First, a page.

fiest time since the beginning of the Th
legislature's deliberations regarding actioi
a pronosed cut in the annual ap-e

BODY WII
SENAT
Faculty to
Represent
Admini
Plans adopted
University Sena
sity council wh
sede the Senate
ceived approval
mail and await
nowledgement a
the Regents F
Alexander G. R
terday.
The special ac'
the President a:
facilitating organ
body.
Immediately a

take care of
nd principal
wn payment

at tr.

me,

the fact that the number of fresi-.
men enrolled by Oct. 4 last' year
was nearly 200 smaller' than the
corresponding total for 1929. The
decrease, it was revealed, was dis-
tributed proportionately among all
schools on the 'campus': The pro-
portion of women in the total
freshmen enrollment has increased
steadily in the past'ythree years..
Because -the revised system of
registration instituted for the first
time this year by the registrar, by
which high school students may'
register in the University at the
end of the first semester of their,
high school senior year, it is ex-
pected that early registration will
be encouraged.

pointed out
mnnecessary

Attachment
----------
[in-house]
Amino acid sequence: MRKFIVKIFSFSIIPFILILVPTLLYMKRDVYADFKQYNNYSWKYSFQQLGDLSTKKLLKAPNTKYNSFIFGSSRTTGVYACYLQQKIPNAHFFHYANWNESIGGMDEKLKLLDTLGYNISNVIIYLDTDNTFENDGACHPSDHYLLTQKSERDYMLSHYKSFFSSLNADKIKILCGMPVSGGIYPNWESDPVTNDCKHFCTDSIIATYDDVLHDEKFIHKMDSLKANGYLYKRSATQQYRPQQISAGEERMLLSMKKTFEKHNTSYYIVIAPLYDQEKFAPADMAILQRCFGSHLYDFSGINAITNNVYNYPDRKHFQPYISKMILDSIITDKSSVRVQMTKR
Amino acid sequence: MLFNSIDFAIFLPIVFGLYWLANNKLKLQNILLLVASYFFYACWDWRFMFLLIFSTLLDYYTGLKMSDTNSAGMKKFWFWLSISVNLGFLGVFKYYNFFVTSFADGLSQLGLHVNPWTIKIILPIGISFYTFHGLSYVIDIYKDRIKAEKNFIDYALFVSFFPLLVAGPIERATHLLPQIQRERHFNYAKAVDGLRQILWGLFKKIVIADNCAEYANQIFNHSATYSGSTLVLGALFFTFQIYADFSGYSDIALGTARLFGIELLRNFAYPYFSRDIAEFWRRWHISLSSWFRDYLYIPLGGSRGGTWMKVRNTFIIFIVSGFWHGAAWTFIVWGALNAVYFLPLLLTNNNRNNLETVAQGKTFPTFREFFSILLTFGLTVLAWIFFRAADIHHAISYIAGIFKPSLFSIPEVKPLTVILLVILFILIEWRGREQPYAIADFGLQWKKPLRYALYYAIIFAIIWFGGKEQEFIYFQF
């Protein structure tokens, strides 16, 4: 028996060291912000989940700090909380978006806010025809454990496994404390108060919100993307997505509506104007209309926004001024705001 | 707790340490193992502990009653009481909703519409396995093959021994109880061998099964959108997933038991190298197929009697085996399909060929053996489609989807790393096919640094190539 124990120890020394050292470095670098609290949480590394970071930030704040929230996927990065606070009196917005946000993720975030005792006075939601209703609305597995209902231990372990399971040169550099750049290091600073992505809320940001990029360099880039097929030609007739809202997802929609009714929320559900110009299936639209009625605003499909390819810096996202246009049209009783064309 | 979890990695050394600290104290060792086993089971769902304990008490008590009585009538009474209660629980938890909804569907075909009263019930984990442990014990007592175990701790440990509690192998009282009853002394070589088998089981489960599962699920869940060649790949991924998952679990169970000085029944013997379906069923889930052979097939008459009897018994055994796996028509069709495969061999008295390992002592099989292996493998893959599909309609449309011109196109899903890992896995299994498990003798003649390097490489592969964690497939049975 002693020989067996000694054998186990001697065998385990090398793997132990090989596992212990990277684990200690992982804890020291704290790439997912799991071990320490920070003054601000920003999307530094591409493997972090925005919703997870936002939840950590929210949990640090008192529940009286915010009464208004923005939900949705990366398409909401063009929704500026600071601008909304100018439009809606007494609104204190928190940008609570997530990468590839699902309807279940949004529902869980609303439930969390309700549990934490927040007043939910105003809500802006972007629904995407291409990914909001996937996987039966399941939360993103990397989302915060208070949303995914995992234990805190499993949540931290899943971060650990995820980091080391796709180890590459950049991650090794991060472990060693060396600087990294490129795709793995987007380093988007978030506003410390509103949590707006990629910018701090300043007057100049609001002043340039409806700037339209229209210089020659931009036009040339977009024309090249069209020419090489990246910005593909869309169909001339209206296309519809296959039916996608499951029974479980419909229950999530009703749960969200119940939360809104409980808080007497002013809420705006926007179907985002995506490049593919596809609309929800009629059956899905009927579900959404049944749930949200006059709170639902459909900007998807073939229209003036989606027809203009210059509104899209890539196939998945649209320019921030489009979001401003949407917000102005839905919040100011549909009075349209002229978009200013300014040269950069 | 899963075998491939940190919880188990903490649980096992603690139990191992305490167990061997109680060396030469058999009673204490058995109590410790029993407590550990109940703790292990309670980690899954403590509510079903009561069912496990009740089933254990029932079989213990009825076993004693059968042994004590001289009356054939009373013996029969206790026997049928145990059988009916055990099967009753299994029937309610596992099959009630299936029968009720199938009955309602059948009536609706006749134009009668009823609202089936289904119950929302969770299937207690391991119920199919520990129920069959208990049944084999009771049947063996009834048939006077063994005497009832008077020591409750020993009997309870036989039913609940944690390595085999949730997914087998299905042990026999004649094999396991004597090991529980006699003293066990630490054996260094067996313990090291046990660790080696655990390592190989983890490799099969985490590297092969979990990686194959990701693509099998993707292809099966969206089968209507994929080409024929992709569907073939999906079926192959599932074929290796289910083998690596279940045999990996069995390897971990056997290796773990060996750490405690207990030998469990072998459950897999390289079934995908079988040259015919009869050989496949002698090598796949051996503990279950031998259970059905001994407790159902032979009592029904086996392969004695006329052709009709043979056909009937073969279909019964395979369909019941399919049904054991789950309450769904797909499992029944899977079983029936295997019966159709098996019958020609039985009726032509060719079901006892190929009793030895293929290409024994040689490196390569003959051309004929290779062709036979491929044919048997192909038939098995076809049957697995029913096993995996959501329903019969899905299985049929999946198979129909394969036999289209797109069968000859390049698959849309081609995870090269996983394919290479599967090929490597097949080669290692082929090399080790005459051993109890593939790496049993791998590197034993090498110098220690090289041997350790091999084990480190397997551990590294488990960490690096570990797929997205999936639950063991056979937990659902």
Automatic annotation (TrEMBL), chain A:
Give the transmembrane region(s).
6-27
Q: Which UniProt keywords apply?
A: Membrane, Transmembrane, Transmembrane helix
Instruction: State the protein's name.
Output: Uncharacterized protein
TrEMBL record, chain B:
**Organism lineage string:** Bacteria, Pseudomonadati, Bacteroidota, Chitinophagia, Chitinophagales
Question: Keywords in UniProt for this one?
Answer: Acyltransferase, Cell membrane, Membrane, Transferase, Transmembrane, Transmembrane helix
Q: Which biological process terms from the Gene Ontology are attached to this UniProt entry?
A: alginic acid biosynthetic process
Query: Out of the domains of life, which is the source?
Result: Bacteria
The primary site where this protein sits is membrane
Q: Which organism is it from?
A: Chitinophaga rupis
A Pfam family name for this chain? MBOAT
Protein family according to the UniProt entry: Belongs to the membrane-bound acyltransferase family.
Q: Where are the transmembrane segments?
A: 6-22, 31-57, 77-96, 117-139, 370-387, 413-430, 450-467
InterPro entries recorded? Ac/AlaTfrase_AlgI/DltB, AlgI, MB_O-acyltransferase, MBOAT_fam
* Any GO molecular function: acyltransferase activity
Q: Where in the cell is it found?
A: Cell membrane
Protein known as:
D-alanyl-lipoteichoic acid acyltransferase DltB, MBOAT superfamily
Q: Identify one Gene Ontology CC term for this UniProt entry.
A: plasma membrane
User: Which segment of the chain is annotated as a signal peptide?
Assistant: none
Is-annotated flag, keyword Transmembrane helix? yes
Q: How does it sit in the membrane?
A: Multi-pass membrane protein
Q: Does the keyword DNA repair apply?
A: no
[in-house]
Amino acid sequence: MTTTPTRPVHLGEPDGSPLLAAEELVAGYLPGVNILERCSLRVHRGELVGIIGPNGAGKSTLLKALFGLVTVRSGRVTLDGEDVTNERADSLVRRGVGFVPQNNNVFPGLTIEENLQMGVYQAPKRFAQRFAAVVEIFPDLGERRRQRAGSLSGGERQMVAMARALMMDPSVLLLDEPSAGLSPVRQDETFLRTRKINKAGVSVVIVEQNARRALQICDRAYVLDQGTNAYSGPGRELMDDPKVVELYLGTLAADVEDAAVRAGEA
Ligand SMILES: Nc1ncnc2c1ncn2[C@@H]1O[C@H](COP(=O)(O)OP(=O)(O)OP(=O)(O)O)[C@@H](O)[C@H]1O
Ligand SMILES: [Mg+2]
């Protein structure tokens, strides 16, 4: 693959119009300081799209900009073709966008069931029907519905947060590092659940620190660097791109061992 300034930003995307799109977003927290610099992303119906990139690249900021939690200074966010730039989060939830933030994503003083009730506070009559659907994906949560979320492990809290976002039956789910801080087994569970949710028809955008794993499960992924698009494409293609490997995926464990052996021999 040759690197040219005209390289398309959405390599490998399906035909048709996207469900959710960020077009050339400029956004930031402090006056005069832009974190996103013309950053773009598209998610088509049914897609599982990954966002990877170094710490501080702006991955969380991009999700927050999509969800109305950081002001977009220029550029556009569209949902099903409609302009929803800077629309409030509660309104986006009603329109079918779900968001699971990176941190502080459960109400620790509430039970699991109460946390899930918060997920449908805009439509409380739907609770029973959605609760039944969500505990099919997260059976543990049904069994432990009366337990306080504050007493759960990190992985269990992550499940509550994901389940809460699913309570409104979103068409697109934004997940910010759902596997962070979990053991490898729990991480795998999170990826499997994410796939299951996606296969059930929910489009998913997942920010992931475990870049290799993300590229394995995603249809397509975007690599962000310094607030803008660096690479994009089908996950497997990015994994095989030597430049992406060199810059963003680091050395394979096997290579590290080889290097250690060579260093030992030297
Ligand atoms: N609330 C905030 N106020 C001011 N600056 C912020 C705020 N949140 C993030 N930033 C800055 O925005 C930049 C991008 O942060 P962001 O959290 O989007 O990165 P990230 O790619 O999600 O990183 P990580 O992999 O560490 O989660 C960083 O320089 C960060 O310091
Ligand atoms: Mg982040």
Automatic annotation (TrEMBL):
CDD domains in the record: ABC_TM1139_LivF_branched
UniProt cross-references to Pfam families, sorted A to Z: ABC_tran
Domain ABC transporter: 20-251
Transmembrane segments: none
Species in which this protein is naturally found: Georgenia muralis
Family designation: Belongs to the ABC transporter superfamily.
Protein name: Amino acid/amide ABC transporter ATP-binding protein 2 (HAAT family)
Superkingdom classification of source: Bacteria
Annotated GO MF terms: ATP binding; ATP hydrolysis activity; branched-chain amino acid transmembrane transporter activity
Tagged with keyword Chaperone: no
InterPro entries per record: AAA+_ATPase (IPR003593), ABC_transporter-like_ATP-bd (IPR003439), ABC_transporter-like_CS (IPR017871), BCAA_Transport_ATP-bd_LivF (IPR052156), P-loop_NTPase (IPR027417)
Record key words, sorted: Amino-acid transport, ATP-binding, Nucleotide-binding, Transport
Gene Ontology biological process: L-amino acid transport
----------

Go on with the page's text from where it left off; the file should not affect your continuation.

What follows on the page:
Aping these
lance com-

ion was taken onI
ewkirk's proposall
work for the un-{
pposition' to the'
n that workers be
per hour, it was'
ey be, allowed to
e and work with-
of turning the
city. A committee
y engineer, , ark
and mayor was

State Bulletins
(By Associated Press)
Monday, May 25, 1931
SAULTE STE. MARIE-Searchers
abandoned hopes today for Mil-,
lard C. Hootman, Charles A. Fergu-!
son and John R. Ferguson, all of
Lansing, who have b'een missing
since May 17 w hen they set out
by boat for a fishing trip in White-
fish bay.
BATTLE CREEK-Masons from
all over Michigan will convene here
Tuesday for the eighty-seventh an-
nual grand lodge session. They
will continue through Wednesday.
MT. CLEMENS-Eugene G. Don-
ohoe, of Detroit, was elected state
di-nutu of the Knimhts of Colum-

ALPHA EPSILON M'U
INiIA1TESNEIW MEN'
'Sixteen Admitted to National
Honorary Musical Group;
Officers Elected.